Symbols And The Interpretation of Symbols: Two articles by Ananda K. Coomaraswamy

The graduate, whose eyes have been closed and heart hardened by a course of university instruction in the Fine Arts or Literature is actually debarred from the complete understanding of a work of art. If a given form has for him a merely decorative and aesthetic value, it is far easier and far more comfortable for him to assume that it never had any other than a sensational value, than it would be for him to undertake the self-denying task of entering into and consenting to the mentality in which the form was first conceived. It is nevertheless just this task that the professional honour of the art historian requires of him; at any rate, it is this task that he undertakes nominally, however great a part of it he may neglect in fact.

The question of how far an ancient author or artist has understood his material also arises. In a given literary or plastic work the iconography may be at fault, by defect of knowledge in the artist; or a text may have been distorted by the carelessness or ignorance of a scribe. It is evident that we cannot pass a valid judgment in such cases from the standpoint of our own accidental knowledge or ignorance of the matiere. How often one sees an emendation suggested by the philologist, which may be unimpeachable grammatically, but shows a total lack of understanding of what could have been meant originally! How often the technically skilled restorer can make a picture look well, not knowing that he has introduced insoluble contradictions!

In many cases, however, the ancient author or artist has not in fact misunderstood his material, and nothing but our own historical interpretation is at fault. We suppose, for example, that in the great epics, the miraculous elements have been “introduced” by an “imaginative” poet to enhance his effects, and nothing is more usual than to attempt to arrive at a kernel of “fact” by eliminating all incomprehensible symbolic matter from an epic or gospel. What are really technicalities in the work of such authors as Homer, Dante, or Valmiki, for example, we speak of as literary ornaments, to be accredited to the poet’s imagination, and to be praised or condemned in the measure of their appeal.1On the contrary: the work of the prophetic poet, the texts for example of the Rgveda or of Genesis, or the logia of a Messiah, are only “beautiful” in the same sense that the mathematician speaks of an equation as “elegant”; by which we mean to imply the very opposite of a disparagement of their “beauty”. From the point of view of an older and more learned aesthetic, beauty is not a mere effect, but, properly belongs to the nature of a formal cause; the beautiful is not the final cause of the work to be done, but “adds to the good an ordering to the cognitive faculty by which the good is known as such”2; the “appeal” of beauty is not to the senses, but through the senses, to the intellect.3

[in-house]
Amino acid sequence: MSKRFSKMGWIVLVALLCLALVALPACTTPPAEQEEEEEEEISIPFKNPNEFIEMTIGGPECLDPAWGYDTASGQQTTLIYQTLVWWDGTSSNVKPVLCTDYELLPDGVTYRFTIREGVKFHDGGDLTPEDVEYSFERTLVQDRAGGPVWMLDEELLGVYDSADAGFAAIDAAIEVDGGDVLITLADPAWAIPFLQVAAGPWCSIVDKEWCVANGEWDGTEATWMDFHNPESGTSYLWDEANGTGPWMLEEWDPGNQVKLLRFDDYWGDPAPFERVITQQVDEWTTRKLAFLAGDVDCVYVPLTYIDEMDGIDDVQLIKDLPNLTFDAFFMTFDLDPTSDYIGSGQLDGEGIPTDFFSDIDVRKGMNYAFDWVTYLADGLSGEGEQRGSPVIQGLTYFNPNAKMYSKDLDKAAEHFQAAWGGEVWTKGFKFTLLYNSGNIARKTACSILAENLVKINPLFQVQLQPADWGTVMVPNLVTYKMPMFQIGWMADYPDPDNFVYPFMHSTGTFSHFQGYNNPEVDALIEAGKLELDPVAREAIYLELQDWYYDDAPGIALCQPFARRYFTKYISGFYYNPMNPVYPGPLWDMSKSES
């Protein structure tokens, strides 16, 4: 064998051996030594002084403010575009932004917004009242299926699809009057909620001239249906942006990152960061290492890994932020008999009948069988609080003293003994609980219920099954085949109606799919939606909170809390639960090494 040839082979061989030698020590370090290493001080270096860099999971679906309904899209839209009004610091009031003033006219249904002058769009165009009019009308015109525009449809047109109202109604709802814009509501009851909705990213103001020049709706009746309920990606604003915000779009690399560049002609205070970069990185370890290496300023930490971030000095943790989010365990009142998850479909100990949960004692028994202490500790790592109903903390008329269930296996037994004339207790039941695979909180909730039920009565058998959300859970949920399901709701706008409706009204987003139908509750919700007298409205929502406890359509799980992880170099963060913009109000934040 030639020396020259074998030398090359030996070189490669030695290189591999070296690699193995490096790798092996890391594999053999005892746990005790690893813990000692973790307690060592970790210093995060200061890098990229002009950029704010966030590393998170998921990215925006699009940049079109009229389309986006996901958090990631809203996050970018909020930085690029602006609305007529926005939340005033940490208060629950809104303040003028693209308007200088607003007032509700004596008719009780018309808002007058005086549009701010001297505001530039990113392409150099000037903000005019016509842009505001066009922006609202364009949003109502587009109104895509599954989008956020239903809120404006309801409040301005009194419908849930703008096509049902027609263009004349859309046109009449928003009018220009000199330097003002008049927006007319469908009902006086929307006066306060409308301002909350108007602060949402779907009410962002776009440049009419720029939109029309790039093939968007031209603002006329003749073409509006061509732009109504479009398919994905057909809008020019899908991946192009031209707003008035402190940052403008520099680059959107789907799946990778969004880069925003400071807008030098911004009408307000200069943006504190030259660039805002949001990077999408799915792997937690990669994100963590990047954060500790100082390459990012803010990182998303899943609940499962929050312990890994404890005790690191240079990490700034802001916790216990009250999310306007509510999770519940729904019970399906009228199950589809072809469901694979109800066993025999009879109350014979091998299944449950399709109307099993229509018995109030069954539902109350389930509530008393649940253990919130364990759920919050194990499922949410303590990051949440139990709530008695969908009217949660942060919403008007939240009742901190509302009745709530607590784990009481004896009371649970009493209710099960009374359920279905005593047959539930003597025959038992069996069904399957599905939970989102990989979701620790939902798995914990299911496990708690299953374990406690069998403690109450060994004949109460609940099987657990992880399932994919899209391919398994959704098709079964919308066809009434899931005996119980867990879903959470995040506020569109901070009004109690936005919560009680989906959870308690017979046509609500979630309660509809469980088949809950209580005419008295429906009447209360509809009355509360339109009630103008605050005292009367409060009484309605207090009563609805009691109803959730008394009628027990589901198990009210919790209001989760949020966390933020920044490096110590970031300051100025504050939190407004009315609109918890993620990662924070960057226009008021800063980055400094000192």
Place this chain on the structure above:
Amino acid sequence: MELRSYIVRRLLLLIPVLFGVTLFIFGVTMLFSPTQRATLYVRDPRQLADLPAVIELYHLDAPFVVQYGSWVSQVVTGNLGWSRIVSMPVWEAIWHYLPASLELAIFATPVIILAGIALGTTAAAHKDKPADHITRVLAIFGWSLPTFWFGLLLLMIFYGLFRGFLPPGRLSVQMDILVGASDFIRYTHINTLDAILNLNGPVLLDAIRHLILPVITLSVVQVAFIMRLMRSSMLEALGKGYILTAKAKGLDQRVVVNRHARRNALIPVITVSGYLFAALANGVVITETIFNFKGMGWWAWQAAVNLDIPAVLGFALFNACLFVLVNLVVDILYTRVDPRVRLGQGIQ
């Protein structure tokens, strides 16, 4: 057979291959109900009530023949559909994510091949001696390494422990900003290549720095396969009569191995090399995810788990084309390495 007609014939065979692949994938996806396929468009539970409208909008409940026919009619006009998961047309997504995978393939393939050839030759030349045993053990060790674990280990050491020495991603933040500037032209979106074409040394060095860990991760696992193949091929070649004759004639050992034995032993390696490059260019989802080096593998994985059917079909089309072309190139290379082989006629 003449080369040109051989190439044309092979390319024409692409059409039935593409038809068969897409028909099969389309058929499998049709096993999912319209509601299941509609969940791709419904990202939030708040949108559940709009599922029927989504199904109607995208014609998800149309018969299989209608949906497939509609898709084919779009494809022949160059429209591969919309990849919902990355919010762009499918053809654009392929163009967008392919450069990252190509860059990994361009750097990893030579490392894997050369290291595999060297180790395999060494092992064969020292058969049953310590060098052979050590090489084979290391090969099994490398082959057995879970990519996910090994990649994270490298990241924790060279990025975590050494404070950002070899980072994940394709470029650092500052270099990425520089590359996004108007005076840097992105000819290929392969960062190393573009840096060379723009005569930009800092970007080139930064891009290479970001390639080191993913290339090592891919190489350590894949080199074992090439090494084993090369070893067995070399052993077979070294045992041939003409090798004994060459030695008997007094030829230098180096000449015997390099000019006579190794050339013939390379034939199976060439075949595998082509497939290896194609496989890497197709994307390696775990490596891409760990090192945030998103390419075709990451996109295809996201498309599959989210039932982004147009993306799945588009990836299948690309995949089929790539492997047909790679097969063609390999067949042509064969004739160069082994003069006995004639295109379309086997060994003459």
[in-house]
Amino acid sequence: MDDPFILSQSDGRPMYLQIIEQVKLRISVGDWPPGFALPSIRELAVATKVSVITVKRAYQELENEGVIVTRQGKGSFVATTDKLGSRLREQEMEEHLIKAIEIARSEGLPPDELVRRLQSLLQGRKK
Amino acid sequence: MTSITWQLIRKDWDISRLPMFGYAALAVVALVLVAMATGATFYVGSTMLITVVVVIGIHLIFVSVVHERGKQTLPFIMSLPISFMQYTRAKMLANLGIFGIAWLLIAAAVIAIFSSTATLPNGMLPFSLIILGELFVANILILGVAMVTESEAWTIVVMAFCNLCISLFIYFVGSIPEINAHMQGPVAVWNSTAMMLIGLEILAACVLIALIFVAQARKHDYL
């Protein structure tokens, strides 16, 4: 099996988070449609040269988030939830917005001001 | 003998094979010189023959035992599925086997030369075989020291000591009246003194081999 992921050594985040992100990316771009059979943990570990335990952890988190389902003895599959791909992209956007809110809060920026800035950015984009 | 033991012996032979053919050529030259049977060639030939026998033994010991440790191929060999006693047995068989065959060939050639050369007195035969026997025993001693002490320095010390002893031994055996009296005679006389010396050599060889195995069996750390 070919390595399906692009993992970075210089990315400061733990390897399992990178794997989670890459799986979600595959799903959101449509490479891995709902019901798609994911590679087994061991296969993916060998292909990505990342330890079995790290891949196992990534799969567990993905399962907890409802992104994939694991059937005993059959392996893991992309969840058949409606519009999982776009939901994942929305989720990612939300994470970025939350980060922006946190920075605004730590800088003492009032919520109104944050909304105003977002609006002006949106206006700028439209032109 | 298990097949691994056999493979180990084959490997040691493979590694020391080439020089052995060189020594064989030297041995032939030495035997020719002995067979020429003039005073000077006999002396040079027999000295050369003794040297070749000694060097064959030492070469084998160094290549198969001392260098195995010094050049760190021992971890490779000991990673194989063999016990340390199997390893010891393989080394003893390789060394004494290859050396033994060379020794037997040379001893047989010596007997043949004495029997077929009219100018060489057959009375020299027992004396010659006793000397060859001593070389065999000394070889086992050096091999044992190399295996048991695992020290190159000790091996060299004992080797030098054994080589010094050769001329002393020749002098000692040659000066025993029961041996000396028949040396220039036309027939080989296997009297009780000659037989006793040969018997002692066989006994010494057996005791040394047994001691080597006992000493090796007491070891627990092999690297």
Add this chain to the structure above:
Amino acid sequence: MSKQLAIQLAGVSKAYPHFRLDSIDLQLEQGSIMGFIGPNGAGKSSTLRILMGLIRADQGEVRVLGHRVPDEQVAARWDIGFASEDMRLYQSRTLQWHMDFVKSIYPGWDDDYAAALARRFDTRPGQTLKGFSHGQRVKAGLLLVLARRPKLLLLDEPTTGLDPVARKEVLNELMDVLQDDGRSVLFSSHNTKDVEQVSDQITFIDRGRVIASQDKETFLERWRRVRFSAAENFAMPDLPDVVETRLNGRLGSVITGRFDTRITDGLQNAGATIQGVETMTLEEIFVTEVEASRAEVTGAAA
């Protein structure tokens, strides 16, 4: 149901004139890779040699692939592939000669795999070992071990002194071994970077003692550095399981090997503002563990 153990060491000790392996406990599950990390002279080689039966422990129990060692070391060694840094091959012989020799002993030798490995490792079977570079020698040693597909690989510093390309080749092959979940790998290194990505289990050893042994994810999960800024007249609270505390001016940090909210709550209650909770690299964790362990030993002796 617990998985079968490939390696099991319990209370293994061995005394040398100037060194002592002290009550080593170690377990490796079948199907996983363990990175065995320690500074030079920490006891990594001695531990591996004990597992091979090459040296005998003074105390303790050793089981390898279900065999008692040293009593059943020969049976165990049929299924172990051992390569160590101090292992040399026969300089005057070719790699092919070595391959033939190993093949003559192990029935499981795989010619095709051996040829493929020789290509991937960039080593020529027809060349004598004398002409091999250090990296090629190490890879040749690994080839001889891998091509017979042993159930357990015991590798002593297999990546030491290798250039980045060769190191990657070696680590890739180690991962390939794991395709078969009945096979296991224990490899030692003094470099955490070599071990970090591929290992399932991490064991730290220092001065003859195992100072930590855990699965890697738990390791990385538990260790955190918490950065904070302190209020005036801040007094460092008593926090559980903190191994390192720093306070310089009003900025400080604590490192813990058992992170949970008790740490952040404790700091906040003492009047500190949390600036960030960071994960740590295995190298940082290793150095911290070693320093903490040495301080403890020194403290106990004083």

Let us realise that “symbolism” is not a personal affair, but as Emil Male expressed it in connection with Christian art, a calculus. The semantics of visible symbols is at least as much an exact science as the semantics of verbal symbols, or “words”. Distinguishing “symbolism” accordingly, from the making of behaviouristic signs, we may say that however unintelligently a symbol may have been used on a given occasion, it can never, so long as it remains recognisable, be called unintelligible: intelligibility is essential to the idea of a symbol, while intelligence in the observer is accidental. Admitting the possibility and the actual frequency of a degeneration from a significant to a merely decorative and ornamental use of symbols, we must point out that merely to state the problem in these terms is to confirm the dictum of a well-known Assyriologist, that “When we sound the archetype, the ultimate origin of the form, then we find that it is anchored in the highest, not the lowest.”4

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  1. As remarked by Victor-Emile Michelet, La Secret de la Chevalerie, 1930, p. 78. “L’enseignment vulgaire considère que le poéme èpique en vertu de sa tradition et de la technique du genre, renforce le recit des expoits guerriers par des inventions d’un merveilleux plus ou moins conventionnel destiné à servir d’agrément et d’element decoratif.”()
  2. St. Thomas Aquinas, Summa., 1. 5.4. ad 1, and Comm. on Dionysius, De Div. Nom. V()
  3. And thus, as recognised by Herbert Spinden (Brooklyn Museum Qtly., Oct. 1935), “Our first reaction is one of wonder, but our second should be an effort to understand. Nor should we accept a pleasurable effect upon our unintelligent nerve ends as an index of understanding.”()
  4. Andrae, W., Die ionische Saule 1933, p. 65. The reader is strongly recommended to the whole of Andrae’s “Schlusswort.” Cf. Zoltan de Takacs, Francis Hopp Memorial Exhibition, 1933 (Budapest, 1933), p 47: “The older and more generally understood a symbol is, the more perfect and self-expressive it is” and p. 34: “the value of art forms in (the) prehistoric ages was, therefore, determined, not simply by the delight of the eyes, but by the purity of traditional notions conjured by the representation itself.()
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  • We fashion wood for a house, but it is the emptiness inside that makes it livable. We work with the substantial, but the emptiness is what we use.

    - Tao Te Ching 11